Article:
I was on the “better late than never” plan for yesterday’s demonstration at City Hall and the Boston Common. Given my druthers, I would have stayed in bed all day. I felt it important to show up, however, to protest family separation and the travel ban. Despite feeling depleted and antisocial, I was spurred by anger, sadness, and more than a little guilt. While my greatest anguish over my children is that their pictures don’t show up enough on the camp website (seriously, they don’t!) I cannot rest while there are parents who have been forcibly separated from their children. I sometimes have the sense that the other side is counting on our exhaustion. I can’t be part of that. Even though I am truly exhausted. My tradition teaches welcoming the stranger, not as a platitude, but from the earned empathy of having been strangers in the land of Egypt.
Armed (haha) with my usual slogan, I set out for the T.
Maybe it was the heat, or maybe others were feeling the same marching fatigue that I’ve been feeling, but the energy on the train was muted. It was clear to me that we were headed for the same place but that perhaps this week, on top of the previous 75 weeks, had momentarily dimmed our spark.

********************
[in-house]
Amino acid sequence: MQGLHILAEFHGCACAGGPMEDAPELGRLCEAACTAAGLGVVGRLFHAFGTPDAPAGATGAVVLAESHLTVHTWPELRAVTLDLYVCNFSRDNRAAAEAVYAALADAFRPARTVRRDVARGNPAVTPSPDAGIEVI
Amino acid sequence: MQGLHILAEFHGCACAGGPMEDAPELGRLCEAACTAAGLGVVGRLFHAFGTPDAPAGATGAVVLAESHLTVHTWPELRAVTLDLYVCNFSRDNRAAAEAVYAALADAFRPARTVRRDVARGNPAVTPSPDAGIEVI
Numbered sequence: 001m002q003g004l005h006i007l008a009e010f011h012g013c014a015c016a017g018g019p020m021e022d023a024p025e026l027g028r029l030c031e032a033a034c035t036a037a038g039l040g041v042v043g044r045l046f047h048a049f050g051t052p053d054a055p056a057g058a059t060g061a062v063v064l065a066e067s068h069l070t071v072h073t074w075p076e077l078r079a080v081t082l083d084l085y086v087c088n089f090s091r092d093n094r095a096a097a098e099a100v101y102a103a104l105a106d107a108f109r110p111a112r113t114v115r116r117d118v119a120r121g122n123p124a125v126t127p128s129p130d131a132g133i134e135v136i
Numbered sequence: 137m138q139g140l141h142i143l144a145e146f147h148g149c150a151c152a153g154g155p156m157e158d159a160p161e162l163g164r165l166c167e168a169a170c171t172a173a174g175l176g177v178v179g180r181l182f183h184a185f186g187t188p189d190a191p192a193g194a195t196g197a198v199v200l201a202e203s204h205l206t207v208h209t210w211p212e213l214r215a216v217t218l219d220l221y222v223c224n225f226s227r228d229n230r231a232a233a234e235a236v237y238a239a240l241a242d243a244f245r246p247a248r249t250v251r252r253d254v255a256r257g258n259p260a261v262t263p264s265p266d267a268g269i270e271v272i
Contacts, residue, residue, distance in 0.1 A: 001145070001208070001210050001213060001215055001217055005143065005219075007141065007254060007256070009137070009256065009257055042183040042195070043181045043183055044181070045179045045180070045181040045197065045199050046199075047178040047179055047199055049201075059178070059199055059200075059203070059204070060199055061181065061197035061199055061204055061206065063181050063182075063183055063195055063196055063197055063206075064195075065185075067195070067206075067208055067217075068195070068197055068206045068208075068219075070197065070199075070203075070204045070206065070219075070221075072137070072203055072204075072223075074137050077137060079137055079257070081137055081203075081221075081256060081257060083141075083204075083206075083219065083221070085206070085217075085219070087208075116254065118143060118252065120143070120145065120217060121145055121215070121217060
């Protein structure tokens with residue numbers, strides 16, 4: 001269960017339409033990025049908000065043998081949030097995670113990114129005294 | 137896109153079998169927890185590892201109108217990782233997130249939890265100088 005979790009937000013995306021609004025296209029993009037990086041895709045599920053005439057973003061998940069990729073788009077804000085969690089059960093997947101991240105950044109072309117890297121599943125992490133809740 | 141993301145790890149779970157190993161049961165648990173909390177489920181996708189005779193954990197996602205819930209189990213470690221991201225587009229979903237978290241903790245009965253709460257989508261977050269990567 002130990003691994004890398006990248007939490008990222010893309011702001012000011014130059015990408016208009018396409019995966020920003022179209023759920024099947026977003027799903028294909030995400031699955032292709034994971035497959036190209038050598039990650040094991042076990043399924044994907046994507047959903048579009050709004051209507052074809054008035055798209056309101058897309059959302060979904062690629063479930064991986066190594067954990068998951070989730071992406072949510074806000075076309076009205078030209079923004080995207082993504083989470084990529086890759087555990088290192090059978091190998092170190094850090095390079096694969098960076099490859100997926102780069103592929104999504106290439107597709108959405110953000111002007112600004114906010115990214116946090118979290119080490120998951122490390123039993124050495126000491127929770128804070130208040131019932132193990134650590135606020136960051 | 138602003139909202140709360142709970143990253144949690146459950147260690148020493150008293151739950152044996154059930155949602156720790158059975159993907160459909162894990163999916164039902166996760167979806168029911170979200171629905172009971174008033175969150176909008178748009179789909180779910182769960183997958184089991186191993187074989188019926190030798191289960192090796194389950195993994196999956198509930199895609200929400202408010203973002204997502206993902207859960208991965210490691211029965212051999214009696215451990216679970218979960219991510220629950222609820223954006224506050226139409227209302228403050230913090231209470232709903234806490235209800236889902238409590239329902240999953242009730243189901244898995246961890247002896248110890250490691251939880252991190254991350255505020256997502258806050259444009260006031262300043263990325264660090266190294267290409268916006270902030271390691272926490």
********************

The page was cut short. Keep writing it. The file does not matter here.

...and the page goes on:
Still, I saw glimmers – even felt a few of my own. People showed up, some of them looking as bedraggled as I felt. Although there will always be clever protest signs, the ones that really caught me up this time around were the plaintive ones.
I really have no words to add to these. That they would even need to be written in a society that purports to civility boggles the mind. Knowing the longing that I feel for my sons, my no-longer-baby sons, even when I know where they are and when I will see them next, urges me on. Seeing that the woman on the left feels the same longing for her parents as I feel for my children is all I need. It should not be a privilege to know where your children are, and to share your life with them.
Meanwhile, across the street in the Boston Public Garden, I saw this:
It is perhaps discouraging that it’s easier to support swan families staying together than human families.
We must continue to show up, march, call our representatives, write to the newspapers, donate to the campaigns of politicians we feel can make a difference.